#4552 – 2011 First-Class Forever Stamp - Eid

Condition
Price
Qty
- Mint Stamp(s)
Ships in 1 business day. i$1.80
$1.80
- Used Stamp(s)
Ships in 1 business day. i$0.70
$0.70
Mounts - Click Here
Condition
Price
Qty
- MM21645 Vertical Mounts, Black, Split-back, Pre-cut, 30 x 37 millimeters (1-3/16 x 1-7/16 inches)
Ships in 1 business day. i
$0.95
$0.95
U.S. #4552
2011 44¢ Eid
 

Issue Date: August 12, 2011
City: Columbus, Ohio
Quantity: 20,000,000
Printed By: Avery Dennison
Printing Method: Photogravure
Color:
Grey, red, gold
 
Each year the streets of Cairo light up with thousands of Fanoos, or Ramadan lanterns. The 800-year-old tradition dates back to when the visiting head of state was greeted by people holding lanterns to celebrate his coming. Since that time, mosques and homes throughout Egypt have been lit with the brightly colored Fanoos during the time of Ramadan.
 
When the sun sets, fasting ends and families gather for the Iftar, the fast-breaking meal. During the month of Ramadan, Muslims practice sacrifice and self-discipline by refraining from eating and drinking during the day. It is a time to draw closer to Allah through reading the Quran and spending more time in prayer. It is believed that Allah gave the Quran to Muhammad in this month.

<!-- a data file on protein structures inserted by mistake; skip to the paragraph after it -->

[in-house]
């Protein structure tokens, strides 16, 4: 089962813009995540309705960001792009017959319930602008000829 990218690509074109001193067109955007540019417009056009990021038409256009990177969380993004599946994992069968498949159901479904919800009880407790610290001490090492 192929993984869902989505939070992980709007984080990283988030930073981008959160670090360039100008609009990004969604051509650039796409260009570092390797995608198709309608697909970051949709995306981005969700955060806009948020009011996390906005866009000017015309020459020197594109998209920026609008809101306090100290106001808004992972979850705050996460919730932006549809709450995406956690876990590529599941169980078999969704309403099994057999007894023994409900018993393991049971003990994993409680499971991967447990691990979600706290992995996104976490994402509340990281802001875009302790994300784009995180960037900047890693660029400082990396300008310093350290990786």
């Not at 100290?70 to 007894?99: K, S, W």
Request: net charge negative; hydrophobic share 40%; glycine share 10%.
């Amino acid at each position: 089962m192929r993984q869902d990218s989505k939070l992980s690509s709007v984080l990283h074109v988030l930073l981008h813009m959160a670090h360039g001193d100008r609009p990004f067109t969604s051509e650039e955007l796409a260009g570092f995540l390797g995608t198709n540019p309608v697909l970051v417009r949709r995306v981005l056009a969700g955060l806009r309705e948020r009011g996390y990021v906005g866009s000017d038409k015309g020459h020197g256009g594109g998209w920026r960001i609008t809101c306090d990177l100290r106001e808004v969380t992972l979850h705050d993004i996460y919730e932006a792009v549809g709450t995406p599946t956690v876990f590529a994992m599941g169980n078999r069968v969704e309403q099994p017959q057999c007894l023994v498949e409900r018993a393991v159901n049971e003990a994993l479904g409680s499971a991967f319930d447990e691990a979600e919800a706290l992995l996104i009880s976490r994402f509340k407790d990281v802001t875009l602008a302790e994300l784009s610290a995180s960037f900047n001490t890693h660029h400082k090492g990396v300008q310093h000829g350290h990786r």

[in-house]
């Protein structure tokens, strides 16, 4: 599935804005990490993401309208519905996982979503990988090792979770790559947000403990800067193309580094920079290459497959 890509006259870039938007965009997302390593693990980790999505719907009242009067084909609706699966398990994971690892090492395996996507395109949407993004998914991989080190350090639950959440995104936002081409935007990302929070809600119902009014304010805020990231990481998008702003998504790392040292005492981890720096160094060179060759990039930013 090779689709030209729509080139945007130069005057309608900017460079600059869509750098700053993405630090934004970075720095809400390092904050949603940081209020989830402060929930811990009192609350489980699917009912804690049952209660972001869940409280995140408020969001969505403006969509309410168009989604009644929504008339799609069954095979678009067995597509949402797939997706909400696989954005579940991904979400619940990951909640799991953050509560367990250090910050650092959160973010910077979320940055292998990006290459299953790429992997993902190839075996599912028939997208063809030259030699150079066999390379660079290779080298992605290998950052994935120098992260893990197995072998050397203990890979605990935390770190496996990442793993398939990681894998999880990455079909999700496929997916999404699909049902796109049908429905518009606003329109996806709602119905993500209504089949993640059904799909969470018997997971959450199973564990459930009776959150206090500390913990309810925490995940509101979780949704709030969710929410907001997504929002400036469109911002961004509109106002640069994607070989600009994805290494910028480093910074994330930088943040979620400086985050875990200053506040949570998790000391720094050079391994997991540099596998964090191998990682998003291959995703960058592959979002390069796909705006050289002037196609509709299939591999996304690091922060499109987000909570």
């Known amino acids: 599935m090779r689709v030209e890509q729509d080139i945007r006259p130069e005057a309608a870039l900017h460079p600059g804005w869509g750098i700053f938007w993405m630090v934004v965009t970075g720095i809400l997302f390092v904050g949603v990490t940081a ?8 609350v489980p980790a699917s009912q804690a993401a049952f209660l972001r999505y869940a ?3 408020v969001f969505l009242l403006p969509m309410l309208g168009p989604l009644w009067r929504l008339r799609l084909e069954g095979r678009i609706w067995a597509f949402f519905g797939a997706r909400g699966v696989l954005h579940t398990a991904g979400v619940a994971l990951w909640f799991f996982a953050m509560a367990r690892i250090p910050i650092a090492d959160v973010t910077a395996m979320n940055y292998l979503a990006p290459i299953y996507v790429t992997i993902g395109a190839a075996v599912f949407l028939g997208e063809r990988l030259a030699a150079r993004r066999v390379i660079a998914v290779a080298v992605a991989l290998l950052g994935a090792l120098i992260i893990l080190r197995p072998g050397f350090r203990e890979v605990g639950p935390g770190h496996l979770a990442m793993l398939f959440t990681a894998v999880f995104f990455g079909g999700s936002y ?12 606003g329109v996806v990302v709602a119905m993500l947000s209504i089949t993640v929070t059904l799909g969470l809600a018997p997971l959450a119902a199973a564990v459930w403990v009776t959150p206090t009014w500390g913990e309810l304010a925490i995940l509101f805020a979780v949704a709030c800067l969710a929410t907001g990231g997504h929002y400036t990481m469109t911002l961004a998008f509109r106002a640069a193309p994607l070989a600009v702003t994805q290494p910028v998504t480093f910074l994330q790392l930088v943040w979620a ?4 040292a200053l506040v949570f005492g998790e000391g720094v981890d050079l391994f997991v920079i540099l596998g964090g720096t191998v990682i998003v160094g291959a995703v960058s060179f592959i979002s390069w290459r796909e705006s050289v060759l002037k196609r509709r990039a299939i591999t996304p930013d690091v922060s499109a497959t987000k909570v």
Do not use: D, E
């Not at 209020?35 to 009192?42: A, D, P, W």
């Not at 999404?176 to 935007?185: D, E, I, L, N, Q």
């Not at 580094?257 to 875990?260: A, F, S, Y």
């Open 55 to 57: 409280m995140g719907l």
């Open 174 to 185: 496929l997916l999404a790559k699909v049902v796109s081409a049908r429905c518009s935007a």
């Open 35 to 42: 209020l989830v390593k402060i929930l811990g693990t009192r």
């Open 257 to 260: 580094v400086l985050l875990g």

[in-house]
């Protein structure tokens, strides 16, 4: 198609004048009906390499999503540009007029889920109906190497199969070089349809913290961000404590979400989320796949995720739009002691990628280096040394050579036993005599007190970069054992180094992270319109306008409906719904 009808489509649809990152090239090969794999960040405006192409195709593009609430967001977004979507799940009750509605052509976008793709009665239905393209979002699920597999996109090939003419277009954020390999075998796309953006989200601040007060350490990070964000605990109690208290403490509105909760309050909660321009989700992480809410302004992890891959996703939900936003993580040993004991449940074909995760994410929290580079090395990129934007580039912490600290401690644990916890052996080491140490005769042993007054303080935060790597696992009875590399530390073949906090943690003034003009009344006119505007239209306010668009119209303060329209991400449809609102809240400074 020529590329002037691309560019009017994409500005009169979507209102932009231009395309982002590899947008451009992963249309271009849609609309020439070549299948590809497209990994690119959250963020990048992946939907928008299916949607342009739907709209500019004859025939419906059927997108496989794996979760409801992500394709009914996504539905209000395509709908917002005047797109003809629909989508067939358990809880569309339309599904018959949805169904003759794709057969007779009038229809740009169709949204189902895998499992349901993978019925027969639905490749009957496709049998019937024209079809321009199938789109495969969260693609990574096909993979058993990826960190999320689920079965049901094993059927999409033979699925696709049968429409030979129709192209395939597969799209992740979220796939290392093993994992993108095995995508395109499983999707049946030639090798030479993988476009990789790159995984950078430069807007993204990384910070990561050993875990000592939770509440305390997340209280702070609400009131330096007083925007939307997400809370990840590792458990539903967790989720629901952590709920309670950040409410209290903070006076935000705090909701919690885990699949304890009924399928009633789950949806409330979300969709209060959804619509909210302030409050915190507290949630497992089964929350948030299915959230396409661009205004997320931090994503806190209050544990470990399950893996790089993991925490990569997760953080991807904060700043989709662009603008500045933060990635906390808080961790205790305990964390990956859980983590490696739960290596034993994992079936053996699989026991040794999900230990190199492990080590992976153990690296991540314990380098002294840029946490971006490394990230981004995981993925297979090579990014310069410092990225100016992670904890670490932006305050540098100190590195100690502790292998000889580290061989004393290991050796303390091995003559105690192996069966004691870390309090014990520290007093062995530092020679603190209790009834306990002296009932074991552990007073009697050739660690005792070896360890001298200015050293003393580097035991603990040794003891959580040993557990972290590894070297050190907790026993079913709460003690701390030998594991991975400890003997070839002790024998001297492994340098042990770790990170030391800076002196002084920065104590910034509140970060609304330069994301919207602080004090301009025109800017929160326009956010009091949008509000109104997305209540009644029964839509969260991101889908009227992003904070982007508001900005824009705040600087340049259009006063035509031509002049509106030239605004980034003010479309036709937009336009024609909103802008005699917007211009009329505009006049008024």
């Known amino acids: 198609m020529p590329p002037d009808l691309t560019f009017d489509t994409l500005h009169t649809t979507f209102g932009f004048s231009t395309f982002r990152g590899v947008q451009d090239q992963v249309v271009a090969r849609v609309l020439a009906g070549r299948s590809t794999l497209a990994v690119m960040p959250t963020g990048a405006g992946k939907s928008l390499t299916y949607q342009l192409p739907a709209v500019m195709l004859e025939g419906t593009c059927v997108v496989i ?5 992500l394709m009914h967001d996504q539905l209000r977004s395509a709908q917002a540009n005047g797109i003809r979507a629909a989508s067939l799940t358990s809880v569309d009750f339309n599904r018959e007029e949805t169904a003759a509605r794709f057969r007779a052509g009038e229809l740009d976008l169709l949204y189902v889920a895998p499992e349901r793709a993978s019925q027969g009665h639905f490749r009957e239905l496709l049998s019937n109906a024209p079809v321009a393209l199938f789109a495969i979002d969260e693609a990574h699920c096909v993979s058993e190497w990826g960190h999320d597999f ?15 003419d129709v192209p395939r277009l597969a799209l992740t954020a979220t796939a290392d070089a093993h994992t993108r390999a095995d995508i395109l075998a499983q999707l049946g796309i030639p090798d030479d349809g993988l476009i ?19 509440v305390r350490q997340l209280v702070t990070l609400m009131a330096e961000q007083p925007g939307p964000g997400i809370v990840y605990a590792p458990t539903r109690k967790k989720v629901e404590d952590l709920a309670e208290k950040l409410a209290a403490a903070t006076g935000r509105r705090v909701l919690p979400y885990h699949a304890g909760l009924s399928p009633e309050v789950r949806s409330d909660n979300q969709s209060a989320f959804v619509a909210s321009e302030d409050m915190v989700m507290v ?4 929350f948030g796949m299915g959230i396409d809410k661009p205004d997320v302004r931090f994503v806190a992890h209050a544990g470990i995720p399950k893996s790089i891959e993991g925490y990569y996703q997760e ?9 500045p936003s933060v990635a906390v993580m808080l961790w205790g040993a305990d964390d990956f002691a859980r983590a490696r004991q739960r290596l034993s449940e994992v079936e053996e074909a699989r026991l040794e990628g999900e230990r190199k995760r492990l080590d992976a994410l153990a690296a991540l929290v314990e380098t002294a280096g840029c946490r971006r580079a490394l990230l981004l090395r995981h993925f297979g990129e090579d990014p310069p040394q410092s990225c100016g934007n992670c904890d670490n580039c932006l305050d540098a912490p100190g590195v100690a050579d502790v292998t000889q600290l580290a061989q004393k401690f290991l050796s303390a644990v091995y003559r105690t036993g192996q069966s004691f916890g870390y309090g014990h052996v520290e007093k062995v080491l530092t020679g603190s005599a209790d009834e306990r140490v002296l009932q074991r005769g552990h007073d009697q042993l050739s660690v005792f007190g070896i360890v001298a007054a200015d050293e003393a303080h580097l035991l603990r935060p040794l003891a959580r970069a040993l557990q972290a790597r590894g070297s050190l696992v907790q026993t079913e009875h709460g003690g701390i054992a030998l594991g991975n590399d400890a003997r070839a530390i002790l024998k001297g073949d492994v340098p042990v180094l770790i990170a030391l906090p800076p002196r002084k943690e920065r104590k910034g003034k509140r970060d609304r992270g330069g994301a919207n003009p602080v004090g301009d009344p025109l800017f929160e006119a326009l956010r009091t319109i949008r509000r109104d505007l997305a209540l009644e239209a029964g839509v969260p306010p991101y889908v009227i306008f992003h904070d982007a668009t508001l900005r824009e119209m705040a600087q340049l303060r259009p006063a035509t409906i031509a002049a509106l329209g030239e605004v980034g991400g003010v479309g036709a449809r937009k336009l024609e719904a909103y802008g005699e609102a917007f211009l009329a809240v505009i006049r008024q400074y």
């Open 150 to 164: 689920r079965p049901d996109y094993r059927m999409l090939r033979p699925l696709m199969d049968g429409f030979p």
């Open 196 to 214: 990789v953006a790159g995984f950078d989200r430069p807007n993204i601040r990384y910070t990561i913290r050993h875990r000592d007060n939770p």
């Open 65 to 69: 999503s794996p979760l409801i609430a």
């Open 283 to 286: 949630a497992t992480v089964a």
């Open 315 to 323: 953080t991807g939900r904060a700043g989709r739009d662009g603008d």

Eid ul-Fitr, a three-day Islamic holiday, marks the end of Ramadan. The festival starts before sunrise with a small breakfast. Everyone puts on their newest clothes, then heads to a special prayer service at the mosque or an open field. Along the way, gifts are traditionally given to the poor. At prayer, Muslims ask for Allah’s blessing, peace, and mercy. The faithful are encouraged to forgive any offenses. After the service, “Eid Mubarak! Happy Festival!” can be heard throughout the streets.
 

 

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U.S. #4552
2011 44¢ Eid
 

Issue Date: August 12, 2011
City: Columbus, Ohio
Quantity: 20,000,000
Printed By: Avery Dennison
Printing Method: Photogravure
Color:
Grey, red, gold
 
Each year the streets of Cairo light up with thousands of Fanoos, or Ramadan lanterns. The 800-year-old tradition dates back to when the visiting head of state was greeted by people holding lanterns to celebrate his coming. Since that time, mosques and homes throughout Egypt have been lit with the brightly colored Fanoos during the time of Ramadan.
 
When the sun sets, fasting ends and families gather for the Iftar, the fast-breaking meal. During the month of Ramadan, Muslims practice sacrifice and self-discipline by refraining from eating and drinking during the day. It is a time to draw closer to Allah through reading the Quran and spending more time in prayer. It is believed that Allah gave the Quran to Muhammad in this month.
 
Eid ul-Fitr, a three-day Islamic holiday, marks the end of Ramadan. The festival starts before sunrise with a small breakfast. Everyone puts on their newest clothes, then heads to a special prayer service at the mosque or an open field. Along the way, gifts are traditionally given to the poor. At prayer, Muslims ask for Allah’s blessing, peace, and mercy. The faithful are encouraged to forgive any offenses. After the service, “Eid Mubarak! Happy Festival!” can be heard throughout the streets.